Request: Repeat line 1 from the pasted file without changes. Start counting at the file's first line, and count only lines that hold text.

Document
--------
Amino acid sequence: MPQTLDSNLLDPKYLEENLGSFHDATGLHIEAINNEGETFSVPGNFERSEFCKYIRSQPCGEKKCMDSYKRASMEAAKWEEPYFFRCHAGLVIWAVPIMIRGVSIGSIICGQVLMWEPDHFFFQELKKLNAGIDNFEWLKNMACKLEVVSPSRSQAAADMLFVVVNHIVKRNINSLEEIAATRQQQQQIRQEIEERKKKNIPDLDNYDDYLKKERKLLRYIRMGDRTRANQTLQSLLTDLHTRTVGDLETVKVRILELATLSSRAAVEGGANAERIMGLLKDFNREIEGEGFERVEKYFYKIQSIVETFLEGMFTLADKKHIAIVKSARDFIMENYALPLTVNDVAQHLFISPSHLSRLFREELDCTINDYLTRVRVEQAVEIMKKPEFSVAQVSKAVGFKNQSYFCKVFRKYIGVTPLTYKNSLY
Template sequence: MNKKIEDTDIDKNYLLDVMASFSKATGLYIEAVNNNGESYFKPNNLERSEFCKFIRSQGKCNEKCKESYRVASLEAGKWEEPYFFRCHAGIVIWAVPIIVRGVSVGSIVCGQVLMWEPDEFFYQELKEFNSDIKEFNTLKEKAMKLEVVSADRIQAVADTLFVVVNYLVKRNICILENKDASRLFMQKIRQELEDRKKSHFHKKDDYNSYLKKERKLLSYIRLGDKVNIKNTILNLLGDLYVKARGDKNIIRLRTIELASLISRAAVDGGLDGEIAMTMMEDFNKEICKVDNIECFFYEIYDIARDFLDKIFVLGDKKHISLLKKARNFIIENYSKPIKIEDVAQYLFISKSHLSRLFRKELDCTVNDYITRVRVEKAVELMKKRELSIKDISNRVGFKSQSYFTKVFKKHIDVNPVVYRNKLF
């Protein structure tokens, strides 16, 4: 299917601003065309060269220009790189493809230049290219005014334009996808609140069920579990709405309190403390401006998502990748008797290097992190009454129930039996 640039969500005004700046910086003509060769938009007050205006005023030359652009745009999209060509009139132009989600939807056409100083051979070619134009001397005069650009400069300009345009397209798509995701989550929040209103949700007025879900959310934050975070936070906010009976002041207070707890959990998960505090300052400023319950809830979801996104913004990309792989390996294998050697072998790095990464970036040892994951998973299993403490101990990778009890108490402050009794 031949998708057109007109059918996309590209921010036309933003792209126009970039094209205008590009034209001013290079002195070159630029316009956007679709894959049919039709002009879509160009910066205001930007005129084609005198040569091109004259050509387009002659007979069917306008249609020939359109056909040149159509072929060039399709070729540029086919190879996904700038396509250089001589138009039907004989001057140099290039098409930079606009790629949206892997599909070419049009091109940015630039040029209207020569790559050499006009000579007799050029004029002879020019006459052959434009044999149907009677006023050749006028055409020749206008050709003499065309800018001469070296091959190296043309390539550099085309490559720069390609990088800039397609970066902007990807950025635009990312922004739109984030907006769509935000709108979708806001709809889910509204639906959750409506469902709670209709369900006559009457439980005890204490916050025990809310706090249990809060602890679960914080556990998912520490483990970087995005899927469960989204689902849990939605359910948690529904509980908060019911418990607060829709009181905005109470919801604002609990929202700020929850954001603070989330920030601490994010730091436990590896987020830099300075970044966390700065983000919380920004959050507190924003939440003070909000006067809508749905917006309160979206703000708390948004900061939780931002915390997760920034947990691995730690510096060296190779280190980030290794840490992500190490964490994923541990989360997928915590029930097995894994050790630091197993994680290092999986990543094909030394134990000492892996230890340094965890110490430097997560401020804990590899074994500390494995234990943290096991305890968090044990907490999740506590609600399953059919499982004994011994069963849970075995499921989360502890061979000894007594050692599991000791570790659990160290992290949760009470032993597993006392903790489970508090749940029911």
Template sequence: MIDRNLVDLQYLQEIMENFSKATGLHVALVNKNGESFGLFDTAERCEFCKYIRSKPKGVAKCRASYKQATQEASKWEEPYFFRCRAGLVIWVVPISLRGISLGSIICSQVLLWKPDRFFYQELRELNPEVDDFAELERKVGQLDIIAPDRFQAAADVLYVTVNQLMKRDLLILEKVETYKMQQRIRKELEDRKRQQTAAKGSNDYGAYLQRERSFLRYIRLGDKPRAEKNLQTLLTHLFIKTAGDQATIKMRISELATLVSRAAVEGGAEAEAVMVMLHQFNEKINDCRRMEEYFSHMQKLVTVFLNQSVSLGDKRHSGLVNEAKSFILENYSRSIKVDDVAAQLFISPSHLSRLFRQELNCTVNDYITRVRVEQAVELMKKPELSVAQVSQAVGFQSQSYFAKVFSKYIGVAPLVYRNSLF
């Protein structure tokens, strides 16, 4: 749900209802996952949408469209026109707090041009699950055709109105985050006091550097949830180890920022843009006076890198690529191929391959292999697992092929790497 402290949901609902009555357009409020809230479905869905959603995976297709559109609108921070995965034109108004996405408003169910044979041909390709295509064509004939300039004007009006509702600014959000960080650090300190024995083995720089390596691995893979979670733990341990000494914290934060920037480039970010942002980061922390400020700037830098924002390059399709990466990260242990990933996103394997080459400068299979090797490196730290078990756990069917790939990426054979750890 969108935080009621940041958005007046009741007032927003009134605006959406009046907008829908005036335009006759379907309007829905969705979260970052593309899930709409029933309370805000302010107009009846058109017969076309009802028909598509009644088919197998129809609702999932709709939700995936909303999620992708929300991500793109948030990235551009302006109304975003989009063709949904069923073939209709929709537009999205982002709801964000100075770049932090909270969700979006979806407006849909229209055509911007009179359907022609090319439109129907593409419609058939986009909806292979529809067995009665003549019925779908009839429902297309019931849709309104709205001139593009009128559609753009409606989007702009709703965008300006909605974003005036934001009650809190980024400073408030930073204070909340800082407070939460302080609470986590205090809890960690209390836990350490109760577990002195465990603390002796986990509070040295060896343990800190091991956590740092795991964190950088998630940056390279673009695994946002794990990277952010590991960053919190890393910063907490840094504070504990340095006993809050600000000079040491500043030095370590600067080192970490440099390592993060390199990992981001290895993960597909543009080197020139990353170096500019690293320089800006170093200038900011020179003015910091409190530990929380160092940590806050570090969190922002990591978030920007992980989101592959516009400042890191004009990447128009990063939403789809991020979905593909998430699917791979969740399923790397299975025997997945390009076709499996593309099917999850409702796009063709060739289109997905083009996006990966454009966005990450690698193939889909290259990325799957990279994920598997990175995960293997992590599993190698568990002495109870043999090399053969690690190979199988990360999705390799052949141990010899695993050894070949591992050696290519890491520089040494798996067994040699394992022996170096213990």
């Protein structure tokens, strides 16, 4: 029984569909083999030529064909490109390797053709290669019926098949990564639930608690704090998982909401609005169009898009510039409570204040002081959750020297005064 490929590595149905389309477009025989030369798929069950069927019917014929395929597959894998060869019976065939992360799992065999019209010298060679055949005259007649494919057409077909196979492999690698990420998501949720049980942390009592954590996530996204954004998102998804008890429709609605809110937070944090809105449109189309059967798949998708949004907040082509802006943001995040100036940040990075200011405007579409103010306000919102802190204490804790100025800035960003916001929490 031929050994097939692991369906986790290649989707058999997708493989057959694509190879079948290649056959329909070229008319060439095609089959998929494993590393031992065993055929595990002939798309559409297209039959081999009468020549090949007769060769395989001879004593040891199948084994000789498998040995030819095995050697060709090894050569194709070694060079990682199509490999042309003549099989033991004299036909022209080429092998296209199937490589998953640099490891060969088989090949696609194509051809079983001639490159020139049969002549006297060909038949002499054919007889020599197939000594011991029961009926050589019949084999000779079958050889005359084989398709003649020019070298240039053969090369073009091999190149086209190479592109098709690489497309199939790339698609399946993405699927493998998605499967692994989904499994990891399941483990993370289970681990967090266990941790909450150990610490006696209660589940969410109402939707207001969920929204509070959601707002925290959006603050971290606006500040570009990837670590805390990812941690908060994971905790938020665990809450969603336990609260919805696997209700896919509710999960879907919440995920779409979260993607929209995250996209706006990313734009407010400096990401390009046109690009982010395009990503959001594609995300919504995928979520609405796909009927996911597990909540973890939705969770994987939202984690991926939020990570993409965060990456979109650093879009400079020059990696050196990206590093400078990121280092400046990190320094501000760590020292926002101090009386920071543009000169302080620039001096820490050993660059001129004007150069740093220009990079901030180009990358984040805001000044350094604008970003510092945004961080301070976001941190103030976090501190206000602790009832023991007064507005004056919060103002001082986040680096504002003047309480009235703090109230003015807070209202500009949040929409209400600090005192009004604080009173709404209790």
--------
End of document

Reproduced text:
Amino acid sequence: MPQTLDSNLLDPKYLEENLGSFHDATGLHIEAINNEGETFSVPGNFERSEFCKYIRSQPCGEKKCMDSYKRASMEAAKWEEPYFFRCHAGLVIWAVPIMIRGVSIGSIICGQVLMWEPDHFFFQELKKLNAGIDNFEWLKNMACKLEVVSPSRSQAAADMLFVVVNHIVKRNINSLEEIAATRQQQQQIRQEIEERKKKNIPDLDNYDDYLKKERKLLRYIRMGDRTRANQTLQSLLTDLHTRTVGDLETVKVRILELATLSSRAAVEGGANAERIMGLLKDFNREIEGEGFERVEKYFYKIQSIVETFLEGMFTLADKKHIAIVKSARDFIMENYALPLTVNDVAQHLFISPSHLSRLFREELDCTINDYLTRVRVEQAVEIMKKPEFSVAQVSKAVGFKNQSYFCKVFRKYIGVTPLTYKNSLY